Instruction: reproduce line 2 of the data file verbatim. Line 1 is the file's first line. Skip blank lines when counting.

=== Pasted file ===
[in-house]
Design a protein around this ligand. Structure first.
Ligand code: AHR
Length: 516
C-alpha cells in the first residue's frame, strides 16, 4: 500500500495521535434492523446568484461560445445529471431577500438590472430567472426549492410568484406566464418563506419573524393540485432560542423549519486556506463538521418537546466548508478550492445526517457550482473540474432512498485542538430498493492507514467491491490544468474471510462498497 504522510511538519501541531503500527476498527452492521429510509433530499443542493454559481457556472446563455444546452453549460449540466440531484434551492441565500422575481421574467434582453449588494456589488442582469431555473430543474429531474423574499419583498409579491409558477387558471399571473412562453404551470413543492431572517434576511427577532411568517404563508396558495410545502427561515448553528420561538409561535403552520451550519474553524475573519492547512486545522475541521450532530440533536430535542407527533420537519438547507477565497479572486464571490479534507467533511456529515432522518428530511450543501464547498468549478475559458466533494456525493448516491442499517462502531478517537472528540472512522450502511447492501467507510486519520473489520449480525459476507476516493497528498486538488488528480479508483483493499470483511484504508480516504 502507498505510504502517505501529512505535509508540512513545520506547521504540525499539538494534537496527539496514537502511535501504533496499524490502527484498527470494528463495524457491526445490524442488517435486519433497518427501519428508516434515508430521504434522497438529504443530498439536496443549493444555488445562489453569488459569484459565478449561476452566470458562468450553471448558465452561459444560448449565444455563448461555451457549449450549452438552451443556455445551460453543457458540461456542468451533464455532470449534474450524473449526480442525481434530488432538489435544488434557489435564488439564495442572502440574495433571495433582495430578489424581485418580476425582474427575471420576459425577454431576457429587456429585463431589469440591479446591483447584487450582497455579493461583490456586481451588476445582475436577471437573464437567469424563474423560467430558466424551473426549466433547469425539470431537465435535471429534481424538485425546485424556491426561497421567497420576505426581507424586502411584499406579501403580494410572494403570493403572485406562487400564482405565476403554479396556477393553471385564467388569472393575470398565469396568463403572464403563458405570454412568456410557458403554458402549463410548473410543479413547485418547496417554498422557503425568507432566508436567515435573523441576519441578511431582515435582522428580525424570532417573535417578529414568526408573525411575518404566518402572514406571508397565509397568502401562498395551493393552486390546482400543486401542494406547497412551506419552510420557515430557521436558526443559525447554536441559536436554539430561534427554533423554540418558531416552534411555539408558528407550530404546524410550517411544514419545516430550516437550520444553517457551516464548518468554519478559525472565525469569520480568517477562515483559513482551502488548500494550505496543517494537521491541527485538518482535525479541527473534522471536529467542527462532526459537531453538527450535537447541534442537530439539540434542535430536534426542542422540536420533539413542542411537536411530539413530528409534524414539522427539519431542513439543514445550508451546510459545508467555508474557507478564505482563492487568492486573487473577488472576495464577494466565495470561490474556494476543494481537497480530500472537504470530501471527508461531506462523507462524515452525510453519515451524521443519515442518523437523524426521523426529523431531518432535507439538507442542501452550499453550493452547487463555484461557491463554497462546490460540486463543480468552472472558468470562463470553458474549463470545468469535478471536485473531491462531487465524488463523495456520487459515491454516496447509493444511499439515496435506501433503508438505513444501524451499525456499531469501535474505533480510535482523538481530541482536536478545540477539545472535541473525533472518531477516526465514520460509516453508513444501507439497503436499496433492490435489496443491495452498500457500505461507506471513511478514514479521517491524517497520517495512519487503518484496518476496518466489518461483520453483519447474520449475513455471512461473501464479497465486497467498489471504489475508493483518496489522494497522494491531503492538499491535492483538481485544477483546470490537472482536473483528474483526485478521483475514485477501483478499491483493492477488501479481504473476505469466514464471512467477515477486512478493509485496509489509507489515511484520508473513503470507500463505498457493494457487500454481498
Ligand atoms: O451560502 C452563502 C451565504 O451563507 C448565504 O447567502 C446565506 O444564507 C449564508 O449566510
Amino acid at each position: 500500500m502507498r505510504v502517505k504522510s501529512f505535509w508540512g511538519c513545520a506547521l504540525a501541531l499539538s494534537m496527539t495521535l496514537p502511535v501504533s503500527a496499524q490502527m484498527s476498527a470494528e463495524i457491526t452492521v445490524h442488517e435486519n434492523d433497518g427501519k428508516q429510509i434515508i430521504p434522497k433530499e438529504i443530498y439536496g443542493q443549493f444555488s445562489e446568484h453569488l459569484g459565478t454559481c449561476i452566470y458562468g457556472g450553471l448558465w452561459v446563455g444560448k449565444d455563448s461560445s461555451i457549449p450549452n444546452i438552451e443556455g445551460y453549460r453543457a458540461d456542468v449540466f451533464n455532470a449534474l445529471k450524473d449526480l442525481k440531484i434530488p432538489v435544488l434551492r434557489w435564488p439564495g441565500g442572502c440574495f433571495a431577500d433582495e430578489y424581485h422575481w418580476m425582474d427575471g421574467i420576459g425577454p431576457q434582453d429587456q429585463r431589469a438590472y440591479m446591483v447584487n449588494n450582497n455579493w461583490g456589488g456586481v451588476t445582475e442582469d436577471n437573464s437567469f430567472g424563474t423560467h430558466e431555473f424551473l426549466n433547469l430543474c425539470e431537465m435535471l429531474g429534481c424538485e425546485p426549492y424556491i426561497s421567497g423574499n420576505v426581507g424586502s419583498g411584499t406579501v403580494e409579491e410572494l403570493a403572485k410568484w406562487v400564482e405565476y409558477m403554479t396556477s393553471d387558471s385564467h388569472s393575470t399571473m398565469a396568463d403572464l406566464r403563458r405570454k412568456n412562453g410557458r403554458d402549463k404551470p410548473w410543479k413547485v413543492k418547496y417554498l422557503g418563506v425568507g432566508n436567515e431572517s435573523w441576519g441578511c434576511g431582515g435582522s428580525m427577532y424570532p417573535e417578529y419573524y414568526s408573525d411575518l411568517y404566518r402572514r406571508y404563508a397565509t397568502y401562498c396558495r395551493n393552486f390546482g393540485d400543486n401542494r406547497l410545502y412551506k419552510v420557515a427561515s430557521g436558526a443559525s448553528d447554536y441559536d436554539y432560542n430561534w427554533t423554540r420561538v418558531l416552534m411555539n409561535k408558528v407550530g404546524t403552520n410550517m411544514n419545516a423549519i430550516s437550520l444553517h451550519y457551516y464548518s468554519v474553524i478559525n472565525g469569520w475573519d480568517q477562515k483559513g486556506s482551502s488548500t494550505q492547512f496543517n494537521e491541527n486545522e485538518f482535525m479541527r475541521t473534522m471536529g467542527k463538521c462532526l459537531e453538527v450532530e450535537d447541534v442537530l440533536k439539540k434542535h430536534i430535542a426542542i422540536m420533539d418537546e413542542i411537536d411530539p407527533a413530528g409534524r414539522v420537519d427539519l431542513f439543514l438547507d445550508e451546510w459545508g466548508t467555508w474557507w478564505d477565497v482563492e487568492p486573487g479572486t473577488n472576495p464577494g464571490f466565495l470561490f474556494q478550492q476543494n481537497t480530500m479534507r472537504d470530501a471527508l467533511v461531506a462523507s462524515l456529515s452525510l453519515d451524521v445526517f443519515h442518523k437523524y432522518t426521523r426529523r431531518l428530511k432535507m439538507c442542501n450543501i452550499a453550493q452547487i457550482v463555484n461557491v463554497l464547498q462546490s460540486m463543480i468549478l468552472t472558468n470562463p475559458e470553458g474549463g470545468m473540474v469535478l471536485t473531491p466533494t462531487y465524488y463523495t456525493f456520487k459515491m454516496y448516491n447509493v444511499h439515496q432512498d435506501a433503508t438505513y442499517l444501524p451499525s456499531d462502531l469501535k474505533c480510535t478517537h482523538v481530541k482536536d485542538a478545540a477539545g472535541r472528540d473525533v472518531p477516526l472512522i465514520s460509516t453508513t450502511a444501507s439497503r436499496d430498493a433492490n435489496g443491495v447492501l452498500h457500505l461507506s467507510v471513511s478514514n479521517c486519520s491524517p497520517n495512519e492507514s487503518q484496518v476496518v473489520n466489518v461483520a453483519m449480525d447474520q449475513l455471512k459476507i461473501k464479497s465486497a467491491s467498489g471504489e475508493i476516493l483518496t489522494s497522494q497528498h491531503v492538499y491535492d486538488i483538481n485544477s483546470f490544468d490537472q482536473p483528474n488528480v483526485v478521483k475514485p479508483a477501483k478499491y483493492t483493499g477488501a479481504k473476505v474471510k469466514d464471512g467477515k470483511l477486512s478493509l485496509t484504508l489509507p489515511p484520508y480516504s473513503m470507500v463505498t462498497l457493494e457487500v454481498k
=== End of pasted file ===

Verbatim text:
Design a protein around this ligand. Structure first.